• 29. Non-Idealities / Mitigation /Modem Design Cont. {DC Offsets, I/Q Imbalance} • DC Offsets  Zero-IF designs may suffer from large DC offsets  Analog cancellation on I/Q arms  Digital DC offset detection and cancellation feedback to analog  Progressive notch filter near DC  Low-IF improves  Zero (DC) subcarrier not used for data in waveform design • I/Q imbalances  I/Q Imbalance causes positive/negative frequency aliasing  I/Q mismatch will introduce crosstalk between I, Q branches  May be mitigated digitally in Rx to eliminate crosstalk  Isolation of imbalance to one side of link desirable due to multiusers each of which may have different Tx imbalances  Low-IF rather than Zero-IF eliminates problem to a large extent Double complex-mixing mitigates phantom image products 29
  • 30. Soft Symbol/LLR Generation • Typically every bit is encoded in OFDM to provide full time/frequency diversity—for QAM constellations the optimum approach is “Bit/Slice” decisioning—based on bit qualities of symbol. QAM 16 LSB Unweighted Soft Decision Mapping 1 0.9 0.8 0.7 0.6 0.5 0.4 0.3 0.2 0.1 0 -4 -3 -2 -1 0 1 I or Q Input (To Slicer) 2 3 4 QAM 16 MSB Unweighted Soft Decision Mapping 16 14 12 10 8 6 4 Gray-Coded Square QAM 2 0 -8 -6 -4 -2 0 2 I or Q Input (To Slicer) 4 6 8 30
  • 31. MIMO (Multiple-Antenna OFDM) • OFDM is very amenable to space-time diversity  Each subcarrier easy to combine from different antenna  Channel flat over a single subcarrier  Huge BER gains possible with just dual Tx/Rx diversity  Transmitter signal sent to two antennas/Tx chains  Receiver uses two antennas/Rx chains • Strict Line-of-Sight (LOS) not required Channel 31
  • 32. MIMO System (2 Antenna Rx, 2 Antenna Tx—Delay Diversity) Chan Est #1 (Data) Antenna #1 Channel Estimates Via FFT (Training) Antenna #2 Channel Estimates Via FFT (Training) FFT Out #1 FFT Out #2 Chan Est #1 (Data) 32
  • 33. Cross Correlation From Rx Antennas • WT1 & WT2 are the training tone channel estimates HT1, HT2 with delay compensation for antenna 1 and 2 respectively to compute Covariance Matrix R • Channel Estimates are then used with R to form a weighted channel estimate 33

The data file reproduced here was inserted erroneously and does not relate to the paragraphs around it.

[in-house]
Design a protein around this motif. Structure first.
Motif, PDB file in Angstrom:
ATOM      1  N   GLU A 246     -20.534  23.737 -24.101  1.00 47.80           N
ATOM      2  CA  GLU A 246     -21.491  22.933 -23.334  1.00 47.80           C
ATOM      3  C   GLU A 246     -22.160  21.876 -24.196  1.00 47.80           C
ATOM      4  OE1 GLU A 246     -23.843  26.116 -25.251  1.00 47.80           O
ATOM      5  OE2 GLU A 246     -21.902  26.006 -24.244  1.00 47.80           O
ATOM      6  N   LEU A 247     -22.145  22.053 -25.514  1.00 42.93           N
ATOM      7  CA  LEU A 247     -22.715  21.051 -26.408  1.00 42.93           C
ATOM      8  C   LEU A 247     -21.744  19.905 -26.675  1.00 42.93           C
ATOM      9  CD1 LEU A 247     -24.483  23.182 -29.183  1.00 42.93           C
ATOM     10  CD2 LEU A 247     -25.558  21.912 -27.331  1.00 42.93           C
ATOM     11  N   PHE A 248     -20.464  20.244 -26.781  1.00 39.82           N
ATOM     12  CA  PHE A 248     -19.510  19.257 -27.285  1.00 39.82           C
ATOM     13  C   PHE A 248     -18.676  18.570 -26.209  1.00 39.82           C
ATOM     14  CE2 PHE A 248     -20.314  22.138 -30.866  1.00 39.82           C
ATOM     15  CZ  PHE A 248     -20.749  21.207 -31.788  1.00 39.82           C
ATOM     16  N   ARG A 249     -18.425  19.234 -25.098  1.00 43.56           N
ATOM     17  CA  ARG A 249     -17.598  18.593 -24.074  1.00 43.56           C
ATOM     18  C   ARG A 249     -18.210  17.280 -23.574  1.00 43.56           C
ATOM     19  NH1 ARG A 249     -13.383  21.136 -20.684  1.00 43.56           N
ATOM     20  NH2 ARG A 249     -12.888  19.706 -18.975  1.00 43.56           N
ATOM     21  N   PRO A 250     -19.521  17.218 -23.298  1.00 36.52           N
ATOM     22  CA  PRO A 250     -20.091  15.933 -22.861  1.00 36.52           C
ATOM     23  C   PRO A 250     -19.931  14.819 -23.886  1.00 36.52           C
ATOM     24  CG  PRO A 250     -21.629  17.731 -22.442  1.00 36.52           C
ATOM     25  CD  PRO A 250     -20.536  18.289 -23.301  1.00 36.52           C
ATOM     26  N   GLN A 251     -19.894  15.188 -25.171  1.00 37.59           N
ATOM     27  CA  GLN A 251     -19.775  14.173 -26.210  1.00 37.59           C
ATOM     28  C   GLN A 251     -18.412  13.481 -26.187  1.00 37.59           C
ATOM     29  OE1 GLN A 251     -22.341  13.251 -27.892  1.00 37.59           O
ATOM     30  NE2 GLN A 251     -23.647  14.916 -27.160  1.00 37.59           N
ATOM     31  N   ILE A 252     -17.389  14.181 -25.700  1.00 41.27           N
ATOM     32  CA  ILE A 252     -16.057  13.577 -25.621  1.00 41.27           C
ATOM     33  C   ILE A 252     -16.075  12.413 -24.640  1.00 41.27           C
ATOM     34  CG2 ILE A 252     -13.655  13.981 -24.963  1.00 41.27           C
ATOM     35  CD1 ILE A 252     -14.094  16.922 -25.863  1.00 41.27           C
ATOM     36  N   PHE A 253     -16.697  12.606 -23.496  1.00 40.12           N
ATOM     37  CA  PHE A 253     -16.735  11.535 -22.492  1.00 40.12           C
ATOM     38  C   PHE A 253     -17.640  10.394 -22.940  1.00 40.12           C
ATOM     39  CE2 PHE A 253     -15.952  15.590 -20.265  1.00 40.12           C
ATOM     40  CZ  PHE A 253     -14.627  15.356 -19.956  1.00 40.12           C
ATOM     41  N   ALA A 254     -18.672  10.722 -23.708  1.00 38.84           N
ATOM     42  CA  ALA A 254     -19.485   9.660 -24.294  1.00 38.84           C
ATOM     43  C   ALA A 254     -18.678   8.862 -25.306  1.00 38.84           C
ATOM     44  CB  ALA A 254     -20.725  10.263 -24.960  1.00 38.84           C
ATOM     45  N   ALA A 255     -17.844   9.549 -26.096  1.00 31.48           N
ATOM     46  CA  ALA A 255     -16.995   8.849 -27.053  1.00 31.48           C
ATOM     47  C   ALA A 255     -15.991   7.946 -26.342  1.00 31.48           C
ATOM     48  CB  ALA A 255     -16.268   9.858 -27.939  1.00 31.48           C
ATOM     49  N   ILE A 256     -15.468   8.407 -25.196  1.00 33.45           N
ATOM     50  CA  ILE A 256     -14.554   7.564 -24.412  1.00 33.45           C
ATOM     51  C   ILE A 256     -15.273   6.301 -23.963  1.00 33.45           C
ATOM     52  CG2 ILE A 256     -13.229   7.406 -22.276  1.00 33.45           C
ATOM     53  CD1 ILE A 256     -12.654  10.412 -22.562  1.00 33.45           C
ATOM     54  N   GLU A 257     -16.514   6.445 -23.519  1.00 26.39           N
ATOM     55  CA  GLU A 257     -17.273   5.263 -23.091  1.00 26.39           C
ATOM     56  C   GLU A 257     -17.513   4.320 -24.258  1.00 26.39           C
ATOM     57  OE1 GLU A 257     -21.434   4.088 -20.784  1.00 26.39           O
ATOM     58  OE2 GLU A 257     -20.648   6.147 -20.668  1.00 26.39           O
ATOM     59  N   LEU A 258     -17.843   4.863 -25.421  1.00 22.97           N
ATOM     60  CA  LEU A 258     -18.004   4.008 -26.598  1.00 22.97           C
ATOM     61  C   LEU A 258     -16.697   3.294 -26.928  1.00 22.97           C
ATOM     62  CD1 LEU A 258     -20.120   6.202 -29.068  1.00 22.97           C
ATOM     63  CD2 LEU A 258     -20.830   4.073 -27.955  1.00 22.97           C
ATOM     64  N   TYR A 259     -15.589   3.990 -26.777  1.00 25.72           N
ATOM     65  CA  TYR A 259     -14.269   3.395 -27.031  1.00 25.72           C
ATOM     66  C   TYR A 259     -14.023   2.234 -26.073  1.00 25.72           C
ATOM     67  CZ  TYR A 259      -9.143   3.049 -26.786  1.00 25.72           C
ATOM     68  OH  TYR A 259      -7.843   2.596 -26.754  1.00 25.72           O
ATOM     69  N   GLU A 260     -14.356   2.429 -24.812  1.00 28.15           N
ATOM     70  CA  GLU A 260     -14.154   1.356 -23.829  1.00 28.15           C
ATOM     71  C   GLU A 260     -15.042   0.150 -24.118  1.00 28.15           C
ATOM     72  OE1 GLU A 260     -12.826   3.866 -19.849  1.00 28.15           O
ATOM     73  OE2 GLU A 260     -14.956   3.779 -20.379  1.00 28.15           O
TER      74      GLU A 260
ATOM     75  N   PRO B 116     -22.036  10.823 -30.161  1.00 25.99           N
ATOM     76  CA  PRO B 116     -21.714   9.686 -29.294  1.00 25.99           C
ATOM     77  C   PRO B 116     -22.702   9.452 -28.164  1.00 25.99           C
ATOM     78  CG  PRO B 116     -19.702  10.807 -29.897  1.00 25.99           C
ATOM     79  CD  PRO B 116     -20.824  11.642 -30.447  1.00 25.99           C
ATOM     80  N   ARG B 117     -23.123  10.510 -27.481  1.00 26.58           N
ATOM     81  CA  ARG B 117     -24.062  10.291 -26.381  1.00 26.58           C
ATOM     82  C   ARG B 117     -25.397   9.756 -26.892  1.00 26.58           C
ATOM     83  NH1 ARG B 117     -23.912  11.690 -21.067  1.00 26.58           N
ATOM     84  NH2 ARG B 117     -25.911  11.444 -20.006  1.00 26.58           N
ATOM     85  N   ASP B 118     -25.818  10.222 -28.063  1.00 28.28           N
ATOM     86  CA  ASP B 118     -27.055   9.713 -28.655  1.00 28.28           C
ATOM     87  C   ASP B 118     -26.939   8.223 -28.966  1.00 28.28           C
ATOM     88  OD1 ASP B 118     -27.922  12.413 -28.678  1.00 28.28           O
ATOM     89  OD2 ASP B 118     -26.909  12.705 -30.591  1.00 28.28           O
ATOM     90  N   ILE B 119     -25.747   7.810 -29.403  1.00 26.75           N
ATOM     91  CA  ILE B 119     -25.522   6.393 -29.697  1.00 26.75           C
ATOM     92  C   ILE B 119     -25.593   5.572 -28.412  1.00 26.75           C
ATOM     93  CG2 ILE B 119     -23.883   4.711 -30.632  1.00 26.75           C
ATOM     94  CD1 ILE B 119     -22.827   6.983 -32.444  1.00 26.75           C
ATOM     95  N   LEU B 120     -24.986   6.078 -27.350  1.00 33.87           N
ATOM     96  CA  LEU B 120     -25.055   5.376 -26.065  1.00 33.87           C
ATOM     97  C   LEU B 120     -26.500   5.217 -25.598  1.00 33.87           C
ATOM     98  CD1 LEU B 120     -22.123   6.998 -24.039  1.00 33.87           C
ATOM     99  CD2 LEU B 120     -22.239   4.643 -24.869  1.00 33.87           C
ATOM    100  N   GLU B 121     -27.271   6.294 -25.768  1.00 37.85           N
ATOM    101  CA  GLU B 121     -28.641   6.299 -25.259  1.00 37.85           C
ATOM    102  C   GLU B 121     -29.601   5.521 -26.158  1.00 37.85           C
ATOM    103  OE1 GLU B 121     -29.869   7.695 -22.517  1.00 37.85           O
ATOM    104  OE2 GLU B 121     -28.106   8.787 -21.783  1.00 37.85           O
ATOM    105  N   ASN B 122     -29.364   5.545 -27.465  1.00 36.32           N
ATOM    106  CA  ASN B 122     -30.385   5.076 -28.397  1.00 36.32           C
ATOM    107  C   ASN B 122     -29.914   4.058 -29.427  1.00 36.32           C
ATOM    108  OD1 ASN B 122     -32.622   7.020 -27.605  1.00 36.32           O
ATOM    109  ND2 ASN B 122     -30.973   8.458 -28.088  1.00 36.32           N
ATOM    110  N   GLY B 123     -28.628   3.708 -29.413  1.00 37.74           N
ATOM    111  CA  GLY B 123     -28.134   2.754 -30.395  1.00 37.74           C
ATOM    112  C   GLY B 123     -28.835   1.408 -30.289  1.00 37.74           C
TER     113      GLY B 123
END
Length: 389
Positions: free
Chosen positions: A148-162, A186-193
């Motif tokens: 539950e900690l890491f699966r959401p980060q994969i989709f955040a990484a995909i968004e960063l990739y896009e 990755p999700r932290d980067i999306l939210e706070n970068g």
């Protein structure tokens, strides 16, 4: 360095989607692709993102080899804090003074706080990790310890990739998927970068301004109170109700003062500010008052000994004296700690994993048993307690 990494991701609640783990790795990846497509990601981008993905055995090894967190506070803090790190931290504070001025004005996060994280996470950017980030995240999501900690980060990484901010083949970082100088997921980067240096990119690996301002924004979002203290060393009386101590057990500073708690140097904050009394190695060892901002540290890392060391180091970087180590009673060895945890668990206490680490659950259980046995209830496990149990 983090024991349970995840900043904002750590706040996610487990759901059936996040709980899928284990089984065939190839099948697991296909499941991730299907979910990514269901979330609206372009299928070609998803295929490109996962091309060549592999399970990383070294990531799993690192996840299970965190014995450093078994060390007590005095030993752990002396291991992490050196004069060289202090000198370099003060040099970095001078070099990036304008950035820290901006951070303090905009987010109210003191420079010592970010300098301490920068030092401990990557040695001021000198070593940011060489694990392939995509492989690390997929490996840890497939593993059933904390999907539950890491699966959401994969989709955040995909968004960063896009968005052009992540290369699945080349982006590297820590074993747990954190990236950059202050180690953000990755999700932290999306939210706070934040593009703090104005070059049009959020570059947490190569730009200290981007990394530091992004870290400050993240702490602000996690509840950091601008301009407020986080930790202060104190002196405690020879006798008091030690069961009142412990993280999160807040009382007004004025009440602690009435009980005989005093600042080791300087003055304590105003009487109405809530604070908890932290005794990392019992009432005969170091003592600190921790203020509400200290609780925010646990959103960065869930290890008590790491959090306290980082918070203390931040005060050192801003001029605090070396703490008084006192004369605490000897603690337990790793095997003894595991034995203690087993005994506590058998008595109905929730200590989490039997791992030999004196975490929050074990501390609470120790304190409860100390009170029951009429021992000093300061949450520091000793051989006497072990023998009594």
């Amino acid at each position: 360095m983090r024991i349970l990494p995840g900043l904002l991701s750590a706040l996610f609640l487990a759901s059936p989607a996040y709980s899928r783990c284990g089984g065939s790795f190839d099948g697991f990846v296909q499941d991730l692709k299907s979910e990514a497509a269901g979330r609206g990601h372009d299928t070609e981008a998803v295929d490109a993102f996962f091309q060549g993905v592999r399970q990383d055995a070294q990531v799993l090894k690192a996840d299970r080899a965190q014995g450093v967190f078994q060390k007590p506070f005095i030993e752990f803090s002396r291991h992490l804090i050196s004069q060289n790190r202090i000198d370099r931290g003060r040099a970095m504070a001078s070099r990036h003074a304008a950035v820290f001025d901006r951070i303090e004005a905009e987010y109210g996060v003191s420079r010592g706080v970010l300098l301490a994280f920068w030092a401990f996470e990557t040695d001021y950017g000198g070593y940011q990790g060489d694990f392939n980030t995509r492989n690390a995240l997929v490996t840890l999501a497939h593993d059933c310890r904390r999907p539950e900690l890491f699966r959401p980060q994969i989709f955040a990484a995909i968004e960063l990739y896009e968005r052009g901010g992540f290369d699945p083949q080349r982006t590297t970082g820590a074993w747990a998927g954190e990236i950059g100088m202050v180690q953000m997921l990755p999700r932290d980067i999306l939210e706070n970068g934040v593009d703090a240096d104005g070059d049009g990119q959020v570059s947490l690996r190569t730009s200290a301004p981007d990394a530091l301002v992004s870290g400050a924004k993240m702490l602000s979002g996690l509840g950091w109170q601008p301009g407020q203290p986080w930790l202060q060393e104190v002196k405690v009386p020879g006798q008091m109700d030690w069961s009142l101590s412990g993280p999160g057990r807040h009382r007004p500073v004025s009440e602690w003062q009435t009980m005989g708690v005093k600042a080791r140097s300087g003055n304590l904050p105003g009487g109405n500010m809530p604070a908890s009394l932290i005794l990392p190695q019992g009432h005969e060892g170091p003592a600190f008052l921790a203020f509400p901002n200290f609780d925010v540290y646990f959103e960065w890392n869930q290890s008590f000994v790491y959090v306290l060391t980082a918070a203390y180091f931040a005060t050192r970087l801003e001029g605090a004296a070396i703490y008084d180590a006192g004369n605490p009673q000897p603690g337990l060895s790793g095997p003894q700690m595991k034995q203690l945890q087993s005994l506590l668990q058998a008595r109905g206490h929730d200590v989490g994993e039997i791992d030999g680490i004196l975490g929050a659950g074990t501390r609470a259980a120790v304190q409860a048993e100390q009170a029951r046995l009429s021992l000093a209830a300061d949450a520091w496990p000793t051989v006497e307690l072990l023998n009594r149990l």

• 34. Combiner 34
  • 35. Diversity Advantage • Dual Tx/Rx up to 23 dB advantage for 1E-3 Uncoded for flat fading channel over single antenna OFDM 35
  • 36. OFDM for multiple access (OFDMA) • IEEE 802.16.3 uses OFDM as a multiple access scheme for fixed wireless access 36
  • 37. Multicarrier CDMA •Multi-Carrier CDMA is a combination of OFDM & CDMA:  First an OFDM system is used to provide orthogonal carriers, free from ISI.  Second each carrier is modulated by an individual code chip, to provide a spread spectrum system • The main advantage of doing this is that when the multiple-access interference becomes a problem, the resulting linear detectors are much simpler to implement as only a single tap equalizer is required for each channel. • Rake reception can also be employed to exploit the channel diversity by channel matching in the frequency domain allowing optimal reception for a single user. • In the uplink another advantage of MC-CDMA can be exploited. If the signals can be synchronized to arrive within a small fraction of the symbol time ( e.g. indoor, or very small cell environment) then this asynchronism can be overcome by cyclically-extending the signal further allowing synchronous reception of all signals, with no ISI from other users • Makes multiple-access easier with ability to correlate out interfering users 37
  • 38. Spread De-Spread • Transmitter Multiplies symbols by spreading sequence (Walsh etc.) prior to IFFT • Receiver Multiplies symbols by same seq. as was used to transmit after FFT 38
  • 39. Further Reading • • • OFDM for Wireless Multimedia Communications, Van Nee & Prasad, Artech House Publishers, 2000, Boston, MA OFDM Wireless LANs: A Theoretical and Practical Guide, Heiskala & Terry, SAMS Publishers, 2002, Indianapolis, IN “Supplement To Standard For Information TechnologyTelecommunications and Information Exchange Between SystemsLocal And Metropolitan Area Networks-Part 11: Wireless LAN Medium Access Control(MAC) and Physical Layer (PHY) Specifications: High Speed Physical Layer In The 5 GHz Band {IEEE 802.11a}” 39